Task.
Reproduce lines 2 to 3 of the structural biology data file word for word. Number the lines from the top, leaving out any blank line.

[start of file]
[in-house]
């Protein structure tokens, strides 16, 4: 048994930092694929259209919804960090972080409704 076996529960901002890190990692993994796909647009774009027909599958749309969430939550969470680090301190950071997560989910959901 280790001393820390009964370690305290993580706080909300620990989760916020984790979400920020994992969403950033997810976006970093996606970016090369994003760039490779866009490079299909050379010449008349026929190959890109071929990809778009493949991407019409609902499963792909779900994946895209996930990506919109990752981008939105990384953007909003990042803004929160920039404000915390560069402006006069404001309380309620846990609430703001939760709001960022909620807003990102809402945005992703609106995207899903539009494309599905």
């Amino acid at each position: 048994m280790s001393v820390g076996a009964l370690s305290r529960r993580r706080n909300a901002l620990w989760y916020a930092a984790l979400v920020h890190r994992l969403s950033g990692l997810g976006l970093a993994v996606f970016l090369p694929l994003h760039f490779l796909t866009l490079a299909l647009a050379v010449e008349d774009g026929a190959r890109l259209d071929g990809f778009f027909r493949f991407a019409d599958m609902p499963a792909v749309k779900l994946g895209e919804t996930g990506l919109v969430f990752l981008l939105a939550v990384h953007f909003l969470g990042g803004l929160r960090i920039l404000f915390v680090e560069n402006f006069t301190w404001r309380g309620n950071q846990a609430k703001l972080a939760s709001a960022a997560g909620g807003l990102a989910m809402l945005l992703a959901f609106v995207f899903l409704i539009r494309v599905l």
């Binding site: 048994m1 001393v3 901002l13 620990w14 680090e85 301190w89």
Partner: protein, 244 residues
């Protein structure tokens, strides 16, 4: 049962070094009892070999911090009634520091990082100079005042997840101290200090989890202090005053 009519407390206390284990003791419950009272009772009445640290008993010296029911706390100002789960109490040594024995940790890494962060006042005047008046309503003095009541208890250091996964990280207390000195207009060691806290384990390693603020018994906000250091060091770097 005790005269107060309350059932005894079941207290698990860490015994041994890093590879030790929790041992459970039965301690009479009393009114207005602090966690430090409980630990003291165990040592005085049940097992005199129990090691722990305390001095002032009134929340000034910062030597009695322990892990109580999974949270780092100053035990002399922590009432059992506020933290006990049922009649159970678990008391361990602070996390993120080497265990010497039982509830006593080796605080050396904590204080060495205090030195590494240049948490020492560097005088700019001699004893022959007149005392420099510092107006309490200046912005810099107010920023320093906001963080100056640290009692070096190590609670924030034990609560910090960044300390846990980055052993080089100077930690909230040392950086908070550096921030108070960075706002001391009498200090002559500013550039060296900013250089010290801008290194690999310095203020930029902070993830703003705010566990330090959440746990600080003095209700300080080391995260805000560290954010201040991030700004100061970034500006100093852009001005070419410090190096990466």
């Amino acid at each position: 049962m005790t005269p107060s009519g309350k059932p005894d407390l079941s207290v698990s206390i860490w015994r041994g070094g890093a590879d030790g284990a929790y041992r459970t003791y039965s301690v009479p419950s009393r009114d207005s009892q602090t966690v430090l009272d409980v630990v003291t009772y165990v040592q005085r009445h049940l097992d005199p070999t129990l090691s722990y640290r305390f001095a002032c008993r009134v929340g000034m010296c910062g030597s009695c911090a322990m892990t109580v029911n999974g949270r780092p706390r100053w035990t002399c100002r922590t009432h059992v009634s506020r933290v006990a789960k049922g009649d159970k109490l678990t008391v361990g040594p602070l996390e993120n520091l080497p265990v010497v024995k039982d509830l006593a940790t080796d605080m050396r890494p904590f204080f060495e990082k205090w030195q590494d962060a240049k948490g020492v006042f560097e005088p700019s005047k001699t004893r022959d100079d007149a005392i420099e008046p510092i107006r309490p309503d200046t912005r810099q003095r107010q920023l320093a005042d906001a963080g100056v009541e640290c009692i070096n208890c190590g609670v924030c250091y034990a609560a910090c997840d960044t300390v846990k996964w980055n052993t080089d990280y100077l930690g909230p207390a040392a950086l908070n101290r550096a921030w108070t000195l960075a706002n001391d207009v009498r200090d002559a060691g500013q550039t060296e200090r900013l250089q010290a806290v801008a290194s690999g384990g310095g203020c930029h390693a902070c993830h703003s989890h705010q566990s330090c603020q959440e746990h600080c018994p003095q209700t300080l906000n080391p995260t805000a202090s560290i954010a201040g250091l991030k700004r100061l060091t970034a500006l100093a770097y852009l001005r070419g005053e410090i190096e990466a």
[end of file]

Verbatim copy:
């Protein structure tokens, strides 16, 4: 048994930092694929259209919804960090972080409704 076996529960901002890190990692993994796909647009774009027909599958749309969430939550969470680090301190950071997560989910959901 280790001393820390009964370690305290993580706080909300620990989760916020984790979400920020994992969403950033997810976006970093996606970016090369994003760039490779866009490079299909050379010449008349026929190959890109071929990809778009493949991407019409609902499963792909779900994946895209996930990506919109990752981008939105990384953007909003990042803004929160920039404000915390560069402006006069404001309380309620846990609430703001939760709001960022909620807003990102809402945005992703609106995207899903539009494309599905």
């Amino acid at each position: 048994m280790s001393v820390g076996a009964l370690s305290r529960r993580r706080n909300a901002l620990w989760y916020a930092a984790l979400v920020h890190r994992l969403s950033g990692l997810g976006l970093a993994v996606f970016l090369p694929l994003h760039f490779l796909t866009l490079a299909l647009a050379v010449e008349d774009g026929a190959r890109l259209d071929g990809f778009f027909r493949f991407a019409d599958m609902p499963a792909v749309k779900l994946g895209e919804t996930g990506l919109v969430f990752l981008l939105a939550v990384h953007f909003l969470g990042g803004l929160r960090i920039l404000f915390v680090e560069n402006f006069t301190w404001r309380g309620n950071q846990a609430k703001l972080a939760s709001a960022a997560g909620g807003l990102a989910m809402l945005l992703a959901f609106v995207f899903l409704i539009r494309v599905l």